he concept of “living to fight another day” has always been a strange perspective, and easily one of the most endearing when it comes to the human condition, and this underdog theme has only resonated with me more and more as I got older—it never stopped being so captivating to me.
As much as I want to believe that I identify with that try-hard sentiment though, the reality is that I would immediately weigh in on the option of cutting my losses before I ever considered staying and finishing what may end up being a losing fight. I kick myself every time I stray towards the mindset, but the realist in me can’t help but eek out some semblance of control over which hill I choose to die on, and which I don’t. It’s this weird struggle to describe, and one that I’ve never really seen explored in great detail within most narratives we consume in modern day media.
That is, until I booted up D-Pad Studio’s Owl Boy; a game starring an introverted hero who’s only wish is to do what he thinks is right in spite of his personal flaws, and the flaws of everyone else around him for that matter. Hidden in this surprisingly charming platformer is a tale that’s deceptively rich with character and heart like none that I’ve seen in quite some time.
Admittedly, the conceit of Owl Boy was far more interesting when it was announced nine years ago than it does in today’s saturated climate of indie platformers, and in spite of the top-grade production value put into the title’s presentation, the visuals doesn’t exactly do it’s individualism any favors with the pixel aesthetic being as trendy as it’s been. In the face of these odds though, the experience offered here is unlike any other, and while the nostalgic graphics might be the first thing to catch your interest, it’s the heart of this game’s world and that cast that live within it that will keep you coming back for more.
Each personality introduced in the side-scrolling adventure is one that will leave an impression with you in some role or way that work just as much to expand the campaign anecdotally as it does mechanically.
The idea of a mute protagonist isn’t new, and it’s beyond the threshold of cliché game storytelling, but Owlboy is different in that it’s acknowledged as a point of definition for Otis, and the manner in which he struggles to express himself and his views in his quest.
At every twist and turn, the cast of supporting characters will often interpret the silent hero’s disposition in more detail than he could possible output through strictly emoting, and sometimes, they don’t even understand Otis’s feelings themselves—the result makes for a natural, yet compelling exchange of dialogue that naturally carries the development of their character and the narrative.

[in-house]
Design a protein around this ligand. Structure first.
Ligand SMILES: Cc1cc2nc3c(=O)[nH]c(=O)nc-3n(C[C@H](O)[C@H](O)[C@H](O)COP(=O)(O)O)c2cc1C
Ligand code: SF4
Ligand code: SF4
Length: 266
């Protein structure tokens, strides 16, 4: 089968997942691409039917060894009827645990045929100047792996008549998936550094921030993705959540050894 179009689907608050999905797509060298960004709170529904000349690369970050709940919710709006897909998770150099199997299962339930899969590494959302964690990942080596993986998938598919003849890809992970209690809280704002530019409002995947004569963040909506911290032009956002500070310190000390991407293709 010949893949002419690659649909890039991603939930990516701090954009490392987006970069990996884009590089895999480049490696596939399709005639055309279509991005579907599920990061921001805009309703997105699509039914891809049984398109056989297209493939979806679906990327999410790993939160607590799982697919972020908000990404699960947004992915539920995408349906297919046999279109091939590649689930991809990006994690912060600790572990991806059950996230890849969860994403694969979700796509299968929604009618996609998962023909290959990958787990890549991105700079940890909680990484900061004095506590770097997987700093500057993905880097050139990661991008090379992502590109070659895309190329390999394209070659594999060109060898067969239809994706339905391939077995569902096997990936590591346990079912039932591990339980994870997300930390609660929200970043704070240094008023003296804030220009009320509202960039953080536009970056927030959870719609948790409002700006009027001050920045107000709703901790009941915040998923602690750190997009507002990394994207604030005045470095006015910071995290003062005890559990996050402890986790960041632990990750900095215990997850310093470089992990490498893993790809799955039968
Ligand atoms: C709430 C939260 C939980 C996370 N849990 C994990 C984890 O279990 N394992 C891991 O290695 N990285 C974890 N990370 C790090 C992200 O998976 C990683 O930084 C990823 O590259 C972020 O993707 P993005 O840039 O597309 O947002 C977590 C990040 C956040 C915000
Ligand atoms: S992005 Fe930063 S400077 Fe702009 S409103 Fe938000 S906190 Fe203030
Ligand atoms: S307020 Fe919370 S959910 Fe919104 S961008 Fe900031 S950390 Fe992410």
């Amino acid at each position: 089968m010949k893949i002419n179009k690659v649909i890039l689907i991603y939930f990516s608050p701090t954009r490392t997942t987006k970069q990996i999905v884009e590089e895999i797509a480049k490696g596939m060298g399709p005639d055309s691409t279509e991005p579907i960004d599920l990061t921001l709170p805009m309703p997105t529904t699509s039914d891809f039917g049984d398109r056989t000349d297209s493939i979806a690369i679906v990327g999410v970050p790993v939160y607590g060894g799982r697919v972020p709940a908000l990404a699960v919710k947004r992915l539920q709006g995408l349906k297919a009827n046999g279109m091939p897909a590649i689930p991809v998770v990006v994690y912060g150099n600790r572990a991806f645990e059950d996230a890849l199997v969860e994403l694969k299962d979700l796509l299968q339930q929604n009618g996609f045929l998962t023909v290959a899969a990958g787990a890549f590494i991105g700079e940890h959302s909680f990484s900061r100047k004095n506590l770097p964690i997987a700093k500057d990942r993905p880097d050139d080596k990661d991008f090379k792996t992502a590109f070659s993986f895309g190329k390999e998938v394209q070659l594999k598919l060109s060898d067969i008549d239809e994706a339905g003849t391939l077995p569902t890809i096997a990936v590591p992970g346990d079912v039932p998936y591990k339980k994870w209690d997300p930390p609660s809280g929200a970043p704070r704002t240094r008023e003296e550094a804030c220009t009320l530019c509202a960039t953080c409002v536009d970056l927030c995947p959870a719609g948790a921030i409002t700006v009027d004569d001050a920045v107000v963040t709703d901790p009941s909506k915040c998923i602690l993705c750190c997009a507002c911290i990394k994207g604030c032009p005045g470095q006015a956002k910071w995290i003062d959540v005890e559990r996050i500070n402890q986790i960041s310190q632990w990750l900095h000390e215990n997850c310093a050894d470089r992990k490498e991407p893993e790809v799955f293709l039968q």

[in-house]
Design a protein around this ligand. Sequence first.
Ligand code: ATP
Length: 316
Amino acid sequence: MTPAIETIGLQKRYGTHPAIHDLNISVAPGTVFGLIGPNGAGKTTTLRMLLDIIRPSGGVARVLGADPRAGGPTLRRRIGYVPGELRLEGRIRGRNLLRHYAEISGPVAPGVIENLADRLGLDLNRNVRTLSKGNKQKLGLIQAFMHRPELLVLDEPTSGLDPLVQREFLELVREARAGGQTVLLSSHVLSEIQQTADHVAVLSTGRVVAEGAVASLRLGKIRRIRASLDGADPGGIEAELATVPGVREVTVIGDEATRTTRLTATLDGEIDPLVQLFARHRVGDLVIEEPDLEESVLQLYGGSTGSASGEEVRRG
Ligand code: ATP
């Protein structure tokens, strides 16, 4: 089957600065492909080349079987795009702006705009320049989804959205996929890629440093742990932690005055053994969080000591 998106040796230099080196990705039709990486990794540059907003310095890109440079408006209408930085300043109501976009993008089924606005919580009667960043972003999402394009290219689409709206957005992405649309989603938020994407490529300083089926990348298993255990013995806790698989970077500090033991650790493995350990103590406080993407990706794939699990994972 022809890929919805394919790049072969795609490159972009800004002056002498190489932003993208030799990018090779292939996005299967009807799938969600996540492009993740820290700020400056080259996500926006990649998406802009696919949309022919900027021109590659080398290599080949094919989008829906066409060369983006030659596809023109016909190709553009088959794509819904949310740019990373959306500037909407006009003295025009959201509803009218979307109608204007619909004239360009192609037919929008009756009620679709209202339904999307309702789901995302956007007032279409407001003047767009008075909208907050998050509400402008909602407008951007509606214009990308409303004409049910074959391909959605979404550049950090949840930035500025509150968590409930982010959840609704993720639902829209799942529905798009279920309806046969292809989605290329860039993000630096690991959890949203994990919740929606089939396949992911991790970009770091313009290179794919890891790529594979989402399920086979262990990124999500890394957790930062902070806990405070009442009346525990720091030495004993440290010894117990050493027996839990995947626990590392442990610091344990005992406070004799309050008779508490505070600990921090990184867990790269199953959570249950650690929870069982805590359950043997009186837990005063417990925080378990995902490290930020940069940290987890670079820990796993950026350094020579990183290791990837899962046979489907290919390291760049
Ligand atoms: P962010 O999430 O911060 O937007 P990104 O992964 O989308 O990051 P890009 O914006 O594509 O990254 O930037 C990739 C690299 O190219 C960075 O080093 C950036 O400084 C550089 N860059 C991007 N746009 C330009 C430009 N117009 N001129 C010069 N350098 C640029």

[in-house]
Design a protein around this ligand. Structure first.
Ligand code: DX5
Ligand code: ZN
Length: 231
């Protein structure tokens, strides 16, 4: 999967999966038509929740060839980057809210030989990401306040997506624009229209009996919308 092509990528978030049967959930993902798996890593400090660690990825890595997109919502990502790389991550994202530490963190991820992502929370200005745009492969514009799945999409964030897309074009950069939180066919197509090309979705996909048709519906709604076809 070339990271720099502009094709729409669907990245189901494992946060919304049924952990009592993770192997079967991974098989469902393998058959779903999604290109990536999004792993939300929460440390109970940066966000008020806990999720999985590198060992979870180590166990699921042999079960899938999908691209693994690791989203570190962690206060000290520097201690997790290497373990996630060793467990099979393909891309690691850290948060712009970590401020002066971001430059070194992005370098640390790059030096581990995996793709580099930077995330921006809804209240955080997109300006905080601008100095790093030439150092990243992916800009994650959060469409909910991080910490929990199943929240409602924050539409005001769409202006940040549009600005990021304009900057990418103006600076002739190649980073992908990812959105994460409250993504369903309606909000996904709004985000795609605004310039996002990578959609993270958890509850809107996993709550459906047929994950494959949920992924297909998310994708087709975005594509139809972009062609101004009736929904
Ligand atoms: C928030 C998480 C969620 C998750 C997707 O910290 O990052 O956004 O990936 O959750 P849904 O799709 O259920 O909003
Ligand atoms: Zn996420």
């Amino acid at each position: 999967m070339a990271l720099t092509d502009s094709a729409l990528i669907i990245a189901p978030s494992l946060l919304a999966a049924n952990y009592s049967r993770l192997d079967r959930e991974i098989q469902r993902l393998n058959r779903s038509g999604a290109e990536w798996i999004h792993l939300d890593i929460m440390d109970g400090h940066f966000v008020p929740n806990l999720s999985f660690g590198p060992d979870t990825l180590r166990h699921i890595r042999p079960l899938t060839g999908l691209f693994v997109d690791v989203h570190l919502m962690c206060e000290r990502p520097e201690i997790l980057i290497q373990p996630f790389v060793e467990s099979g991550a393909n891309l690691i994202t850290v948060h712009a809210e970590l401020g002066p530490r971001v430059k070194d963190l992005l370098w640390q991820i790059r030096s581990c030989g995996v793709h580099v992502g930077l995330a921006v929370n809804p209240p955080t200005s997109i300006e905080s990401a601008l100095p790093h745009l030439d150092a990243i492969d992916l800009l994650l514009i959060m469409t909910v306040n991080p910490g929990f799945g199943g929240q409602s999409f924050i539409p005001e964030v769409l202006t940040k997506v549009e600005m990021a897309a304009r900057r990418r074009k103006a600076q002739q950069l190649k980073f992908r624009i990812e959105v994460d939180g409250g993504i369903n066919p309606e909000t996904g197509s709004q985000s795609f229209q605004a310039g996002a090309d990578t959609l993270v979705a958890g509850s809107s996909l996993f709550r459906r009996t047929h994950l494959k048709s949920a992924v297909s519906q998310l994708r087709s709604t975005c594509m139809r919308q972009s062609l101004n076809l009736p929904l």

The fact that Otis can’t speak is the one flaw that the hero is visibly the most self-conscious about is one of the more compelling elements behind his characterization, especially when it comes up as a reoccurring point of contention from his aggressors who torment about the shortcoming throughout the adventure. Whether or not the theme of personal struggle is a subtle commentary from D-Pad Studio reflecting the challenges they faced during the development of Owlboy, or cues taken from each of their personal experiences, the story being told in this game isn’t meant to be a feel-good story, and that OK. The pratfalls and victories encountered in Owlboy are poignant and natural, leaving a real effect on those who play it and the points of relation all the more impactful the further you jump in.
That’s not to say that the actual game underneath all of the spectacle isn’t something to enjoy itself despite the fact that it plays backseat to wonderful presentation of the title—it’s just more serviceable than it is extraordinary.
The one aspect that stands out more than anything else is the level design to the floating world of Strato, delivering a giant world that feels both intricate and connected from start to finish. The solid level design is largely due to the pacing and ease of navigation behind each and every stage. The nooks and crannies that block your progress are intuitive without the solution being transparent in exchange, and exploration can range anywhere from liberating to finitely concise to a degree that doesn’t compromise the complexity to a degree of linearity.
The combat is…fine, but is definitely the one area that Owlboy is lacking in comparison. Aside from some upgrades, and occasional items used in contextual events through the campaign, Taking on the assorted enemies of Owlboy is easily the most typical thing you’ll take out of the experience, with the exception of the boss encounters. A lot of it has to do with the monotony in the protagonist’s repertoire of weapons, and the lack of any significant growth they can achieve in their potential.
The action from D-Pad’s premier platformer is far more memorable in the areas that are puzzle-based, aside from the stealth portions surprisingly enough. The sneaking sections manage to work around the excellent level design in an ingenious way, which is especially impressive considering that a successful stealth mechanic is hard to deliver within the framework of a 2D side-scrolling venture.
The flood of indie-developed platformers can be both a blessing and a curse to the developers striving to reinvent the genre with their work and the crowd of players that they cater to; which is why I’m happy to say that Owlboy is the cream of the crop. Not every nostalgic platformer has to be Shovel Knight to stand out, and D-Pad Studio’s inaugural offering is the best proof I can point to, it’s definitely a must play for anyone looking for a heartfelt time.